Last Thursday former Indianapolis Colts cheerleader Malori Wampler filed a lawsuit against the team contesting her November 15, 2010, termination by club.
(Click-through photo is not-safe-for-work. Obviously.)
Wampler was fired after a Colts fan forwarded the club photos of her wearing only body paint at a 2010 Playboy Magazine promotional event.
According to the lawsuit, before Wampler took a job with the team she notified the Colts of her previous employment with Playboy - and the nature of that employment. The complaint also states that after Colts officials were informed of that fact, they determined that Wampler’s past employment by Playboy “was not an issue.”
But rather than merely contest the veracity of the team’s decision to fire her over the photos because it allegedly violated club policy, in the U.S. District Court filing Wampler’s attorney Kimberly D. Jeselskis also claimed, “The Colts terminated Wampler because of her sex” and “the Colts terminated Wampler because of her race and national origin.”
More from Wampler attorney Jeselskis in the U.S. District Court filing:
- Wampler met the Colts legitimate performance expectations.
- Wampler was treated differently than other “similarly situated” male and female employees.
- As a result of the Colts discriminatory acts, Wampler has suffered and will continue to suffer monetary damages and damages for mental anguish and humiliation unless and until the Court grants relief.
- The Colts acted with malice or reckless indifference to Wampler’s civil rights thereby entitling her to punitive damages. Wampler is entitled to recover reasonable attorneys’ fees and costs incurred in this action.
Wampler claimed sexual discrimination in the lawsuit primarily because Colts players were not dismissed from the club despite engaging in off-field behavior that was allegedly much worse than what the Colts cited in firing her.
Wampler claimed racial discrimination after citing in the lawsuit instances where caucasian cheerleaders were not fired despite, again, engaging in off-field behavior that was worse than why she was apparently let go by the team. (Wampler is Indonesian.)
So what exactly does Wampler want from the Colts? From her attorney’s court complaint:
- Require the Colts to reinstate Wampler;
- Award all lost wages Wampler has sustained or will sustain as a result of the Colts conduct (Colts cheerleaders are paid $100 per game.)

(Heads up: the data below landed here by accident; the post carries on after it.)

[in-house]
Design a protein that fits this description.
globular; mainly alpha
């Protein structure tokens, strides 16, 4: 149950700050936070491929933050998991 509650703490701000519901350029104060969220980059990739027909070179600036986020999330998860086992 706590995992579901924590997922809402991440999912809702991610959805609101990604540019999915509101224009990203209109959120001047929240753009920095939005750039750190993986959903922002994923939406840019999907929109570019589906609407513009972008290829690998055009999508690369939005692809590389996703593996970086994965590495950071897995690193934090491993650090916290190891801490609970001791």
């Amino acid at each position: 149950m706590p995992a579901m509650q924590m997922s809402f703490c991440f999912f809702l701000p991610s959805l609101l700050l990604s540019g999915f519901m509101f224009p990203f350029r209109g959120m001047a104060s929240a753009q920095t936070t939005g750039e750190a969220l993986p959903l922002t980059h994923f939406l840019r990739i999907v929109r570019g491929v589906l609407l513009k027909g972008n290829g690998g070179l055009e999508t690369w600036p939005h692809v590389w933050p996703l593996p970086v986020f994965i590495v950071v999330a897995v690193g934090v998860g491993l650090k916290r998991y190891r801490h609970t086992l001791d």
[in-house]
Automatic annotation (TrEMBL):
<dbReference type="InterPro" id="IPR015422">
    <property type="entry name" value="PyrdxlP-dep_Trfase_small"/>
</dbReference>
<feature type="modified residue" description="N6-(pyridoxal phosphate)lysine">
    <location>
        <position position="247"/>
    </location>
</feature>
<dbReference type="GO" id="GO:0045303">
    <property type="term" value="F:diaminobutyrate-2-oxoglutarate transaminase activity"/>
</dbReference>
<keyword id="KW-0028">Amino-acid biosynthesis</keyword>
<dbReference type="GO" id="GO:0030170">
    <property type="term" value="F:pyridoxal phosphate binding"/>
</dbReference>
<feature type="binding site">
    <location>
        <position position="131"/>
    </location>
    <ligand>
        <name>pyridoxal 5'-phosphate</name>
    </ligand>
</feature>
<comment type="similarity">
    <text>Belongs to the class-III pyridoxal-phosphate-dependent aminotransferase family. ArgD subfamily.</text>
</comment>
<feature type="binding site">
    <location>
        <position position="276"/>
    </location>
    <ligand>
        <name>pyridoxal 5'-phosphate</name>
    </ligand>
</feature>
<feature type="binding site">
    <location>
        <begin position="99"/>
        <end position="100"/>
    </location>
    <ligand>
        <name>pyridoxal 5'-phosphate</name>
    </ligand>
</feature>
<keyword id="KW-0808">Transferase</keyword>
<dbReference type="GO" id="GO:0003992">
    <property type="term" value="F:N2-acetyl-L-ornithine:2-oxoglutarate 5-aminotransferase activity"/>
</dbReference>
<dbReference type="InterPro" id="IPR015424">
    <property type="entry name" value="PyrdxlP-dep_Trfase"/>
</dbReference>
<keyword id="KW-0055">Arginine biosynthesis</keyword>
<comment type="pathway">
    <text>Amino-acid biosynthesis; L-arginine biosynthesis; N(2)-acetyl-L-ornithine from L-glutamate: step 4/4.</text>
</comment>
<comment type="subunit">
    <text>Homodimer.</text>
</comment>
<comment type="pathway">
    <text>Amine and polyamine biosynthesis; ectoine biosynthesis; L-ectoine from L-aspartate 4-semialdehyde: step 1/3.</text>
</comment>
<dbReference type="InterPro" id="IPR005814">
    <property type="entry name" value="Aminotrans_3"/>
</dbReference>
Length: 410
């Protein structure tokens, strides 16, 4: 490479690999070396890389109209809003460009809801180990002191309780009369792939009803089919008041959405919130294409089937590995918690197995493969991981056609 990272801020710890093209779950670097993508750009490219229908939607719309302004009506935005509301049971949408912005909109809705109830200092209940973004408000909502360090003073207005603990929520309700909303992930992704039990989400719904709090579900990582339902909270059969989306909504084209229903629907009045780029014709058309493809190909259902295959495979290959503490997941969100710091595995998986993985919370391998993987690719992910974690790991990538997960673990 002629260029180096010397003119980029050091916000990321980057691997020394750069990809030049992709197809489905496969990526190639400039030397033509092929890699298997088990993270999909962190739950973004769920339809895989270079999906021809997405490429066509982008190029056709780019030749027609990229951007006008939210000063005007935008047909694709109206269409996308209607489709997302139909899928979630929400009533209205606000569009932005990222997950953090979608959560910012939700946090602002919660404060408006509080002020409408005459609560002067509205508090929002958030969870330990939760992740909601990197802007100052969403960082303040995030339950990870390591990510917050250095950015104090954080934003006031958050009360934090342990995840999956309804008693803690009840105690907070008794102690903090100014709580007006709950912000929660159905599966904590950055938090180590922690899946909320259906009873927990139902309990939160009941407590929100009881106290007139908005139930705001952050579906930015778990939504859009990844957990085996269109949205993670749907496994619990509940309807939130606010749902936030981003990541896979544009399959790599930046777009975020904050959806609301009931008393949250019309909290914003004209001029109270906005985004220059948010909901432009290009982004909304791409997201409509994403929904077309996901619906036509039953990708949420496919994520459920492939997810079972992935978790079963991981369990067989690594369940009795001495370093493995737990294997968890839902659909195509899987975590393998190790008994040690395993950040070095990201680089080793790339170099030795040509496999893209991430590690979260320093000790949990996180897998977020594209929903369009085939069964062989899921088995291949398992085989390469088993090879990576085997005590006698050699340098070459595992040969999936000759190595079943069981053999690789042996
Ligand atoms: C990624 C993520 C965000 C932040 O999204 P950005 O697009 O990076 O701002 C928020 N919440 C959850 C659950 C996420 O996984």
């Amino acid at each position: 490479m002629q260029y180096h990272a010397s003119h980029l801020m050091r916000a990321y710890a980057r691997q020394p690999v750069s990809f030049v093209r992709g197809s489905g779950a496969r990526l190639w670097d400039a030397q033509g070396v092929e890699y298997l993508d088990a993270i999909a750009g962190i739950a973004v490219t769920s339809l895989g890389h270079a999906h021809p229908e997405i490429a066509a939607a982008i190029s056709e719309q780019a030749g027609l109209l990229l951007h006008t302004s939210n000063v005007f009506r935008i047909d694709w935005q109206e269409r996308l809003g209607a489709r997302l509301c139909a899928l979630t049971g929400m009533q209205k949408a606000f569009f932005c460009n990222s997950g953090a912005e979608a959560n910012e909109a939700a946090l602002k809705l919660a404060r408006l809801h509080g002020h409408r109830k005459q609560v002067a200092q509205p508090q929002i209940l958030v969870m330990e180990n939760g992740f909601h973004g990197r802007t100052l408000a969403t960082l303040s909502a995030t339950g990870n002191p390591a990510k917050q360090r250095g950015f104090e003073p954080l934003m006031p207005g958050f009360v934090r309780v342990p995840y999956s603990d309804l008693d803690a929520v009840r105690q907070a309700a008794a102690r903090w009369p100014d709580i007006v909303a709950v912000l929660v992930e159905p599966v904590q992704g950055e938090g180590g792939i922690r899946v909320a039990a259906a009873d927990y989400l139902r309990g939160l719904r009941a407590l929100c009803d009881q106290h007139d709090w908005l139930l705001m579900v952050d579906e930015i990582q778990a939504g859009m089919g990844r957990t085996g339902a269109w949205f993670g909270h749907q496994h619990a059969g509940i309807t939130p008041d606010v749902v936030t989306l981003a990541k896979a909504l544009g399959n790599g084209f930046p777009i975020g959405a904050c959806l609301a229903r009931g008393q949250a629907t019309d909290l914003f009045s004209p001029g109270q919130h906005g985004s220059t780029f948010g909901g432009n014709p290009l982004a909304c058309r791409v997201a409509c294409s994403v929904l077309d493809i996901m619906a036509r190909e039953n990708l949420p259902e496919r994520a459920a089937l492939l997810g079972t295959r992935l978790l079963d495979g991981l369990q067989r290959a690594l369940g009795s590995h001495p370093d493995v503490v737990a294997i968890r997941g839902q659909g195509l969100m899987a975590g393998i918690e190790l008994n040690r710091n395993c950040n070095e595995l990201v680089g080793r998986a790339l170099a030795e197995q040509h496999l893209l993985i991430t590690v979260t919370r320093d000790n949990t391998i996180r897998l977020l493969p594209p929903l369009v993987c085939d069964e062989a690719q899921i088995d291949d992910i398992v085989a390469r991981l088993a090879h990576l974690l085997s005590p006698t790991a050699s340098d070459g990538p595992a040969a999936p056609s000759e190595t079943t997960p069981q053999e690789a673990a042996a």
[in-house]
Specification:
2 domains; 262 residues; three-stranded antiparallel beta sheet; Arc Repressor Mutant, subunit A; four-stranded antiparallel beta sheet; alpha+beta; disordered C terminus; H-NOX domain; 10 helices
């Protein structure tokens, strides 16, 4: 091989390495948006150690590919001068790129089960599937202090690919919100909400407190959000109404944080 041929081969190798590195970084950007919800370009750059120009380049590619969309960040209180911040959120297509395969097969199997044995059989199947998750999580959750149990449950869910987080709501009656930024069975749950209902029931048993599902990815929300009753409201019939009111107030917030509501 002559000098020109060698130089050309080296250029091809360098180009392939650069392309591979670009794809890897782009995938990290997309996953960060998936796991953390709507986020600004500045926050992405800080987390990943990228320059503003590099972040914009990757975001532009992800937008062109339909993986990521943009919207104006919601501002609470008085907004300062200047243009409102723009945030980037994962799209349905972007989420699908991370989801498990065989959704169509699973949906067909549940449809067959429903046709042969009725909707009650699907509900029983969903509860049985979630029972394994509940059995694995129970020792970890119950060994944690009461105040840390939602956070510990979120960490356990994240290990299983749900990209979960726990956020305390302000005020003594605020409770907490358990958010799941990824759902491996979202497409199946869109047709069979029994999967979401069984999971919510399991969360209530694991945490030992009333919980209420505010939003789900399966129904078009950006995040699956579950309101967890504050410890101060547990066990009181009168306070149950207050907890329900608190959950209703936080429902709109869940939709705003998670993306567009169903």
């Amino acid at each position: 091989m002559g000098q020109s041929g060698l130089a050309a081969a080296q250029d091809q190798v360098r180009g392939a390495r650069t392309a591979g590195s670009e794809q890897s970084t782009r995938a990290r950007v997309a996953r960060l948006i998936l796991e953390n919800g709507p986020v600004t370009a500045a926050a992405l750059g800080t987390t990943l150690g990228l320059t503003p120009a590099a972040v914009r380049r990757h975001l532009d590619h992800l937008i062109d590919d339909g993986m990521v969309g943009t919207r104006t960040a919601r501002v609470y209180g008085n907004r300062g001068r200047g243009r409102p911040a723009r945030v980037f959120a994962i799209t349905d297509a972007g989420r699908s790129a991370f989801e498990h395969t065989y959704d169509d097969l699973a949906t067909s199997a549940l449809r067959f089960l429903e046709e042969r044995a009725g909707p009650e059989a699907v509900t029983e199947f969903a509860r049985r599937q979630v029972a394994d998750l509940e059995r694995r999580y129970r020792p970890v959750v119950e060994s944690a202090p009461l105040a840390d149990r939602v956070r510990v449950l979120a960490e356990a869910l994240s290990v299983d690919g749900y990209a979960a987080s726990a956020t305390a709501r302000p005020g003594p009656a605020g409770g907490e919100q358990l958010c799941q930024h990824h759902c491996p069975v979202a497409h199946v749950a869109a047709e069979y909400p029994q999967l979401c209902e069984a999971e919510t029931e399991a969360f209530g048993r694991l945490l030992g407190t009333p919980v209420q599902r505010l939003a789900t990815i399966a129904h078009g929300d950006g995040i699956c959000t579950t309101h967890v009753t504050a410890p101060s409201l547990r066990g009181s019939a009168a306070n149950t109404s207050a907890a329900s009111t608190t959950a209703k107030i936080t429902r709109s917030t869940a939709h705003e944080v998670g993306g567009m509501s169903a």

- Awarding front pay in an amount equal to the wages that Wampler may reasonably be expected to lose after trial as a result of the Colt’s unlawful conduct should the Court determine that an order requiring the Colts to reinstate Wampler as a Colts Cheerleader is not feasible or appropriate;
- Awarding compensatory damages in an amount to be determined by a jury to make Wampler whole for the mental anguish, emotional distress and other non-pecuniary damages she has suffered because of the Colt’s unlawful conduct;
- Awarding punitive damages in an amount to be determined by a jury to punish the Colts for its unlawful conduct which was malicious or undertaken with reckless indifference to Wampler’s rights and to deter others from similar conduct
- Awarding the costs of maintaining this action, including an award of reasonable attorneys’ fees
On its face, it seems rather hypocritical that the Colts, who employ cheerleaders for their sex appeal and have them promote the team while scantily clad in public, would fire such an employee for wearing body paint at a promotional event in which she was not associated with the team.
Especially considering Wampler told the team of those previous activities before the club agreed to hire her.
Though her case is based on a seemingly salient point, Wampler probably won’t get much out of it unless the story gets national media attention. Especially from the entertainment media.
Then things might get more interesting than the current reason most people care about the case: ‘where can I find those body paint photos?‘